A Culture of Abuse with Jerry Sandusky


Updated: Sep 13, 2014 10:05 am

It was as if they’d set out to prove every “jock” stereotype true. To prove that the only reason that any repercussions are dished out for any action in sports is to save face with the Jerry Sandusky scandal

On Monday, September 8th, the NCAA spit in the face of the victims of the Jerry Sandusky sex abuse scandal when they dropped all remaining sanctions against the Penn State Nittany Lions football team two years early.

The timing couldn’t have been bolder with Jerry Sandusky, nor more disgraceful. At the end of the college football day Saturday, the B1G was already all but out of the newly implemented college football playoffs following crippling early season losses by three of its marquee teams. Two days later the undefeated Nittany Lions, the only team left in the B1G that could realistically make the “Final Four”, had their post season ban lifted and their scholarship allowance restored to 100 percent.

The move by the NCAA contradicted the very words of its president Mark Emmert who said “Our goal is not to be just punitive, but to make sure the university establishes an athletic culture and daily mindset in which football will never again be placed ahead of educating, nurturing and protecting young people.”

Football will never be placed ahead of educating, nurturing and protecting young people? How about profit?

Will that be placed ahead of educating, nurturing and protecting young people? I’d say it has been.

The word “culture” is important and it’s a word that the NCAA stressed from their high horse as they passed down the original sanctions to Penn State in 2012. There is a “culture” in sports in the United States in which athletes, staff, and entire organizations are not held accountable for their actions.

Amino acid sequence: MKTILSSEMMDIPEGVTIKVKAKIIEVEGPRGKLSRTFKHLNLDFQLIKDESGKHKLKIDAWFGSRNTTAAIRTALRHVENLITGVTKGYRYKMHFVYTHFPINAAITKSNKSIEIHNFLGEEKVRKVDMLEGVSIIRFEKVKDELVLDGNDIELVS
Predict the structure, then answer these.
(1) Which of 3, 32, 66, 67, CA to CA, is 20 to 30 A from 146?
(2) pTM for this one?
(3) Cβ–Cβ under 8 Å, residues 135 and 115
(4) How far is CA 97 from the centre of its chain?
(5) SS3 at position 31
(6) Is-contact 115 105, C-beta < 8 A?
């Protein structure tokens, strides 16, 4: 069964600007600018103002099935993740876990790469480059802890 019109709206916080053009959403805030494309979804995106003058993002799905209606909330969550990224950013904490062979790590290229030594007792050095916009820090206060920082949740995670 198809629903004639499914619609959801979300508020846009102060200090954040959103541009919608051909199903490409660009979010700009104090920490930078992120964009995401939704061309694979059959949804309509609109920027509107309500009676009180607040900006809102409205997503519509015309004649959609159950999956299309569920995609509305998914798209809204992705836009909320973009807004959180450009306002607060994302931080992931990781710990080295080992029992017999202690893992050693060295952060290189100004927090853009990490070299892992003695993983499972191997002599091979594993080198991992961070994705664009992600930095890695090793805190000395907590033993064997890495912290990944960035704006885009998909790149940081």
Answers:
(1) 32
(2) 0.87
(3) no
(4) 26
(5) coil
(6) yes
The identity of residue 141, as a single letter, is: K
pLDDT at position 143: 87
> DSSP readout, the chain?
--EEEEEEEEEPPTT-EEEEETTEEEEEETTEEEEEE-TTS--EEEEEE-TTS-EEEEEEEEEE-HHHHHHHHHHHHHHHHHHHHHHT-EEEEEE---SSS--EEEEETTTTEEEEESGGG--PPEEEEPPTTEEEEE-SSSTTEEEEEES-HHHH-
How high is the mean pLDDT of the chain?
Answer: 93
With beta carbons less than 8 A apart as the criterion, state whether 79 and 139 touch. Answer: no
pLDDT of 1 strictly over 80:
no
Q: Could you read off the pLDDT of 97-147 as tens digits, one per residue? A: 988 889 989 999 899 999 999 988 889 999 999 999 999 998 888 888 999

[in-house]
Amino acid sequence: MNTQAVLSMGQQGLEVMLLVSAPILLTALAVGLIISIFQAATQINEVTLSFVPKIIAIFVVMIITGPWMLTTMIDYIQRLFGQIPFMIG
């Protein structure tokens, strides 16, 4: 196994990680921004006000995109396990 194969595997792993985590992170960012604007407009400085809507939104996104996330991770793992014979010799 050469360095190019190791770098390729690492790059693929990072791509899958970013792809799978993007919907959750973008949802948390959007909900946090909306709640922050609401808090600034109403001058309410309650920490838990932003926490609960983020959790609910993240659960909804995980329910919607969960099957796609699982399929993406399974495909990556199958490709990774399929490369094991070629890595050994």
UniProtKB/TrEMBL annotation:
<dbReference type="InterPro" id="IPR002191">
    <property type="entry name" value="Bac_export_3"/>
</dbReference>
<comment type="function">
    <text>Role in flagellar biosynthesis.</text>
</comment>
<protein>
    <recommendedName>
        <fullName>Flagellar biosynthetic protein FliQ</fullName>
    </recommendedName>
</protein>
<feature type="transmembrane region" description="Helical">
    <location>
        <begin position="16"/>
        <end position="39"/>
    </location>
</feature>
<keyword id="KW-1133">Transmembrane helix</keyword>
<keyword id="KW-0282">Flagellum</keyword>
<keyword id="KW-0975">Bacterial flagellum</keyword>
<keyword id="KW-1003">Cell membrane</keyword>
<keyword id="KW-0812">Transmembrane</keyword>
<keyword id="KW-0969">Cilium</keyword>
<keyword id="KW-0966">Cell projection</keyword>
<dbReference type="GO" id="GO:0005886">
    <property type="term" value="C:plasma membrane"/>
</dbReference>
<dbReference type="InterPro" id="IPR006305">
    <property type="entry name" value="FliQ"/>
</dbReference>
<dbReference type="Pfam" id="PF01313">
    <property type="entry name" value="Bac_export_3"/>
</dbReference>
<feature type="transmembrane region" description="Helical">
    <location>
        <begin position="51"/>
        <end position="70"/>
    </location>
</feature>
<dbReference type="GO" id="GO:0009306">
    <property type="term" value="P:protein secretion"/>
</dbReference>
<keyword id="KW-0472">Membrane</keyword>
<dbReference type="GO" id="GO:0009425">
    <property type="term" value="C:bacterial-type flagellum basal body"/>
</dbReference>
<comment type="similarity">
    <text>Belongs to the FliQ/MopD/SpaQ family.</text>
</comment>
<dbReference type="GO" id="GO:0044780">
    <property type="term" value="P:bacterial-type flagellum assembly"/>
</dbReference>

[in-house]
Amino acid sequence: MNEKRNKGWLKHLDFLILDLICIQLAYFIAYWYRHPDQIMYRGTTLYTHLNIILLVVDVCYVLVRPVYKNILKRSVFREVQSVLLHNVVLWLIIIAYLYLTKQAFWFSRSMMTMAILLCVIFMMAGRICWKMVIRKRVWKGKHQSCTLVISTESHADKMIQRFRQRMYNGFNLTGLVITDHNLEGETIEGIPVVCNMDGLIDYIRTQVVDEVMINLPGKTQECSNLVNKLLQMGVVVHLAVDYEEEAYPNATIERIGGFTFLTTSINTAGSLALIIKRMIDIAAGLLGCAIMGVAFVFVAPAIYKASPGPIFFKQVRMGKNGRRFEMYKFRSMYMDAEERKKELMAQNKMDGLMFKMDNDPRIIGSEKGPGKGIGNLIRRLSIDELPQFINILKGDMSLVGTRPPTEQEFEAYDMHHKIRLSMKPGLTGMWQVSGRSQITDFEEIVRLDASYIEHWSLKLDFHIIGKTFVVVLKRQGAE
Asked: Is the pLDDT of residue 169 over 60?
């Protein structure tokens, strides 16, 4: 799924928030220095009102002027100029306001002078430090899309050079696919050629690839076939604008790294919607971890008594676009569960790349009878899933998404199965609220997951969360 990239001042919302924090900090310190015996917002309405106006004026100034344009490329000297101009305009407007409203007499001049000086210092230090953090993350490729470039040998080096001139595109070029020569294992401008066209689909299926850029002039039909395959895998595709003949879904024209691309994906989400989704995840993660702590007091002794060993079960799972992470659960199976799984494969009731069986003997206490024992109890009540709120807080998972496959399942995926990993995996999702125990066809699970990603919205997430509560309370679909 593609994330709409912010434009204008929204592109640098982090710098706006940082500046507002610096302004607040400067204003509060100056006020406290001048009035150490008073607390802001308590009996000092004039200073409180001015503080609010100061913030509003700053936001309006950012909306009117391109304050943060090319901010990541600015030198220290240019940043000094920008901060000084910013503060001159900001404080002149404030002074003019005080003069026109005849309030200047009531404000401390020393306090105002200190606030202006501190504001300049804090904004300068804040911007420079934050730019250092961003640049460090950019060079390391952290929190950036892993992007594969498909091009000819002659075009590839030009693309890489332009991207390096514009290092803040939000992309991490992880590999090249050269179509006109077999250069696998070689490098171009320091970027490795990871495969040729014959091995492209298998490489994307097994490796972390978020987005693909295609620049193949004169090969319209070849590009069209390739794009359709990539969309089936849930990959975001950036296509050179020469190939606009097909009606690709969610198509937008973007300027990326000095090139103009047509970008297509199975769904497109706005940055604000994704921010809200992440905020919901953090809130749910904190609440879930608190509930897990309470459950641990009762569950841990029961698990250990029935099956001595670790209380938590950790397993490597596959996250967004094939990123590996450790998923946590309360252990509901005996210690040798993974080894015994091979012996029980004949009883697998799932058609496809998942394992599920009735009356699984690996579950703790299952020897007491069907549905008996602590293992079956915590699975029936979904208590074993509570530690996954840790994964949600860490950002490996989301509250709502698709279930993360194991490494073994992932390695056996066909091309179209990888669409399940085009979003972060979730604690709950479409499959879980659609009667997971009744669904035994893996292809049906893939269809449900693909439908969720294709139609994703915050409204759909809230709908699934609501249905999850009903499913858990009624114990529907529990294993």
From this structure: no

In 2012, an Ohio teen and member of the local high school football team was convicted of the rape of an incapacitated 16 year old girl after she passed out from drinking at a party. He was also convicted of taking and sending nude photos of the victim. This fall, the tier two sex offender re-joined his high school’s football team upon his release from a juvenile detention center.

In reference to the case, tennis star Serena Williams said that the victim “Shouldn’t have put herself in that position.”

Serena Williams was not the only one who blamed the victim. When the Ohio story went public many voiced similar opinions locally and nationwide, some even saying that it was not only the victims fault, but that she “deserved it”.

The sports culture in the United States has been and continues to be dangerous. Particularly when it comes to sexual abuse by staff and athletes. When abuse is reported, no one wants to believe it. They don’t care. They care about their team, their conference, and their organization. They blame the victims, they discredit victims, they intimidate the victim’s and they belittle the victims.

After the sanctions were dropped Monday, Michigan State Spartans football coach Mark Dantonio said “it intensifies it and I think it’s good for the Big Ten and it’s good for our division and it just strengthens it.” People don’t care about victims, about pain, about suffering. They care about wins. Wins, prestige and dollar signs.

The NCAA clearly doesn’t have a code of ethics, but it certainly has a business model and that business model clearly involves Penn State University and the B1G conference. Congratulations Penn State, you’re in the running.


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